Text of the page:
27 August 2015
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Businesses with more than 250 staff, or that have a turnover exceeding €50m (£38,937,777) and an annual balance sheet total of more than €43m (33,486,489), need to undertake a mandatory energy efficiency audit every four years, with the first one due in December 2015. In Scotland around 600 businesses could be qualify for ESOS.
The scheme is being administered throughout the UK by the Environment Agency, but the Scottish Environment Protection Agency (SEPA) is the regulator for companies based in Scotland.
Fiona Graham, from SEPA’s Carbon Reduction Unit, said:
“We’re encouraging all qualifying businesses to make sure they undertake an ESOS compliant energy audit and notify the Environment Agency by 5 December 2015. Identifying and reducing energy use, and therefore energy costs, is a very positive thing for businesses and should be something everyone is doing as a matter of course already.
“As well as the positive impact, in potential cost savings it should have for businesses; ESOS should reduce our carbon emissions by reducing Scotland’s energy consumption”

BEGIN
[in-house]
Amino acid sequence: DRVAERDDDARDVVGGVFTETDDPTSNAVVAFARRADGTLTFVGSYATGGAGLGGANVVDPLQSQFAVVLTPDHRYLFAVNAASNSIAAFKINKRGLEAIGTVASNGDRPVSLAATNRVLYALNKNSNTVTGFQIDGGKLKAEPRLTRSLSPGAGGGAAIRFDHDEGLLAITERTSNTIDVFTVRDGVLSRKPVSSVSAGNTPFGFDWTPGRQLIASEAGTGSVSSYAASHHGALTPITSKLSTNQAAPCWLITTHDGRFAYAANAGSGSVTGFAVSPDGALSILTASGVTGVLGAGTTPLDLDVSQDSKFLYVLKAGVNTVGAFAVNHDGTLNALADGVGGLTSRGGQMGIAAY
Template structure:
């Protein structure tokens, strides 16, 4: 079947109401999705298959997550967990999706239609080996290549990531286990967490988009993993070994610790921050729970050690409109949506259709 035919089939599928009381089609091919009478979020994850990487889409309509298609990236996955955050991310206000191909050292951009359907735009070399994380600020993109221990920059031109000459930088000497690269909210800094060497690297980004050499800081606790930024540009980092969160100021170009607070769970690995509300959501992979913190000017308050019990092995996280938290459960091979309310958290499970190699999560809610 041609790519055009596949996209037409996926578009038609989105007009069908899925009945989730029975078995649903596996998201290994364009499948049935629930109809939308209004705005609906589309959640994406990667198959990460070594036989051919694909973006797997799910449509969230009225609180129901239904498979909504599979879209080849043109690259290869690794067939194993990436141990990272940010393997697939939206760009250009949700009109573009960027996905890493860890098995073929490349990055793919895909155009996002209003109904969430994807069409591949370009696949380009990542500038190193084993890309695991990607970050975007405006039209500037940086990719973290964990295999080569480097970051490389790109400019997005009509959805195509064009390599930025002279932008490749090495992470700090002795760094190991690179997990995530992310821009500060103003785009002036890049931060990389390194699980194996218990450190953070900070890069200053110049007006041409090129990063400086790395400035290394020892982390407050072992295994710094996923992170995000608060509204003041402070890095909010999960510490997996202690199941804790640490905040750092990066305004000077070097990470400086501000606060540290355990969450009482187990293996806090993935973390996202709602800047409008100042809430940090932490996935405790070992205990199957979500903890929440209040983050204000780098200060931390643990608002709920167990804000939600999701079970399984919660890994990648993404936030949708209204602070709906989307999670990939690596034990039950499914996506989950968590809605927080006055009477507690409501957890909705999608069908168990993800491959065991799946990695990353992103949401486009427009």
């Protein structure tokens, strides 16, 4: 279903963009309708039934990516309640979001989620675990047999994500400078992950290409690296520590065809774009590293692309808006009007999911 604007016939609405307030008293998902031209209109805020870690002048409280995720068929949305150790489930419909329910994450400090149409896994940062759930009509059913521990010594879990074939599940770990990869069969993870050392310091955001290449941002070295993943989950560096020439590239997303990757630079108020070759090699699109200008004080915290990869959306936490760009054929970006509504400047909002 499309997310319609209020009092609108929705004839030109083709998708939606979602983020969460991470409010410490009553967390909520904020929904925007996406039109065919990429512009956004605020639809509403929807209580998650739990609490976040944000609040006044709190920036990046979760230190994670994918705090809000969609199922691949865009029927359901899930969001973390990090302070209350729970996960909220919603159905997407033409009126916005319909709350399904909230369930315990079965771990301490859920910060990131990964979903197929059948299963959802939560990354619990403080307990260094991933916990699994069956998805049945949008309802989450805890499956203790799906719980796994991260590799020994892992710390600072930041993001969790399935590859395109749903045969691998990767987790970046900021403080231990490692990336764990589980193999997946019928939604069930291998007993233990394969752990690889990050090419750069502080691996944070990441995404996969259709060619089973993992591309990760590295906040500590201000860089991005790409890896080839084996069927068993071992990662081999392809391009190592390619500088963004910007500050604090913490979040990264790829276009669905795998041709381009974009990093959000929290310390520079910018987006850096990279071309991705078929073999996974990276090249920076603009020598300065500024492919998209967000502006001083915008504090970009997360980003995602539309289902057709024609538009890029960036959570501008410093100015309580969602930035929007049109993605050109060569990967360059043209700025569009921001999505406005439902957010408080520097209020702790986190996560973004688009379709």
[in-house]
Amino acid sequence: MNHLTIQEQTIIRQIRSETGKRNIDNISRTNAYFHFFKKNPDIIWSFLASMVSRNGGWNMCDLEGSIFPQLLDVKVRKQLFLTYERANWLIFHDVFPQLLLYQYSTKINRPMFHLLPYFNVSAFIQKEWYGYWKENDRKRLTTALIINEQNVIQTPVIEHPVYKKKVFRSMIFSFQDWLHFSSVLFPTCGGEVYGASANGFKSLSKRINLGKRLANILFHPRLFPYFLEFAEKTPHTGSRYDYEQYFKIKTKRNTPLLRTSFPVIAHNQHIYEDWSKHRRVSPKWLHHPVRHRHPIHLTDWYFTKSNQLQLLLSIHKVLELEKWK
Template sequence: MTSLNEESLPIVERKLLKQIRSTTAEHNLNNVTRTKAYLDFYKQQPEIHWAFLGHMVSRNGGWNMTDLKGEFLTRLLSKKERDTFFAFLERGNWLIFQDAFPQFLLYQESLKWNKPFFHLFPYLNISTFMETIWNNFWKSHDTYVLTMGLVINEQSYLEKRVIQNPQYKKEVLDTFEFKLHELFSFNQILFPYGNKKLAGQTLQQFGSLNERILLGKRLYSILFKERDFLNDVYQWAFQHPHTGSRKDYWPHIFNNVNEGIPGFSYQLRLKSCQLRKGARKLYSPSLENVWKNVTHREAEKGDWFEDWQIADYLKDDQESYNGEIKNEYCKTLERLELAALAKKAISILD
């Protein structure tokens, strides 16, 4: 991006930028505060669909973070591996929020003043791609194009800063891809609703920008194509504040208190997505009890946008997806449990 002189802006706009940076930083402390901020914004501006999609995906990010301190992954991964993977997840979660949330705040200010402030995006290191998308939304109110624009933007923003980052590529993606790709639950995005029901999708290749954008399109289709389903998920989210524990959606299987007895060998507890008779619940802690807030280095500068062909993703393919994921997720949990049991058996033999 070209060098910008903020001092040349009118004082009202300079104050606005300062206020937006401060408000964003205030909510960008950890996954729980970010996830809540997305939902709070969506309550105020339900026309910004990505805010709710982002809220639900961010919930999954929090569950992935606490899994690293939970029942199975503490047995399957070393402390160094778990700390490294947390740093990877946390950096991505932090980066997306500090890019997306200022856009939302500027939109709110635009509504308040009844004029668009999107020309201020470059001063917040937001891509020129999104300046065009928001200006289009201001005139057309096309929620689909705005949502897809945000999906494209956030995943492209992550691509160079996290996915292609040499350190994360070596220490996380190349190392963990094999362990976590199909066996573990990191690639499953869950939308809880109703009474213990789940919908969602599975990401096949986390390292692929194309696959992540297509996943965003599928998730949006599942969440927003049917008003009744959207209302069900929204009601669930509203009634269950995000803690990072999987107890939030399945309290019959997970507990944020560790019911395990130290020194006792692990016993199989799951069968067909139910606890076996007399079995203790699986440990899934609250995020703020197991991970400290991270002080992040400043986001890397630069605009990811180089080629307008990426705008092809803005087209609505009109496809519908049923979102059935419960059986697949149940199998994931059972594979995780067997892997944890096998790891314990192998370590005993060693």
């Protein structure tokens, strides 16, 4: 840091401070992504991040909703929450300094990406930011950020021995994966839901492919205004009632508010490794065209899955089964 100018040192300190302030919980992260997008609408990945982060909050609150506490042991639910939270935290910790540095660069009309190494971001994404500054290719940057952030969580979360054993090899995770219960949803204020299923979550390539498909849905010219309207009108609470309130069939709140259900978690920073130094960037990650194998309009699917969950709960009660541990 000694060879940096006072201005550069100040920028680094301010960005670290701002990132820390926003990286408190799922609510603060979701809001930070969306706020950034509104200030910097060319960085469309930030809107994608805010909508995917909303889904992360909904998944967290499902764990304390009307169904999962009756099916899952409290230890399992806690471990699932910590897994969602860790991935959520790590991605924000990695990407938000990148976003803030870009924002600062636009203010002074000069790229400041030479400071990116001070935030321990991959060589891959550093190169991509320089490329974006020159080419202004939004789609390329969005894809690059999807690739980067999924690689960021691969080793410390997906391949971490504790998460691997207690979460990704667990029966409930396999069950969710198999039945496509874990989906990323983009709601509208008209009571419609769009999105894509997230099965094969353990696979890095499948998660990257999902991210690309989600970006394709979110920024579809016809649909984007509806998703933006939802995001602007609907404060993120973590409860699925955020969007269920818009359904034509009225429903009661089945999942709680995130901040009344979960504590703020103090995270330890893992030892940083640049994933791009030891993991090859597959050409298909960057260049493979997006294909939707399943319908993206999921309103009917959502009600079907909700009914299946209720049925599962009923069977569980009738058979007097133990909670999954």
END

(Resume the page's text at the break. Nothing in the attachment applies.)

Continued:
For further information about the scheme, visit our website.
ESOS mainly affects businesses, but can also apply to not-for-profit bodies and any other non-public sector undertakings that are large enough to meet the qualification criteria.
Unless an organisation’s energy consumption is fully covered by an ISO 50001 energy management system, it is required to calculate its total energy usage. This includes all energy consumed by buildings, industrial processes and transport. An ESOS compliant energy audit must then be carried out upon the areas which account for significant energy consumption, or 90% of the total energy consumed.
This audit should identify and recommend cost-effective energy efficiency improvements, if any, using cost-benefit analysis. ESOS assessments require to be signed off by an ESOS lead assessor, where ISO 50001 accreditation is not held. These can be employees or external contractors, but they need to be members of an approved professional body register to do this.
As the enforcing authority for Scotland, SEPA has the powers to issue enforcement notices requiring compliance, as well as financial penalties of up to £50,000 for those businesses that don’t comply.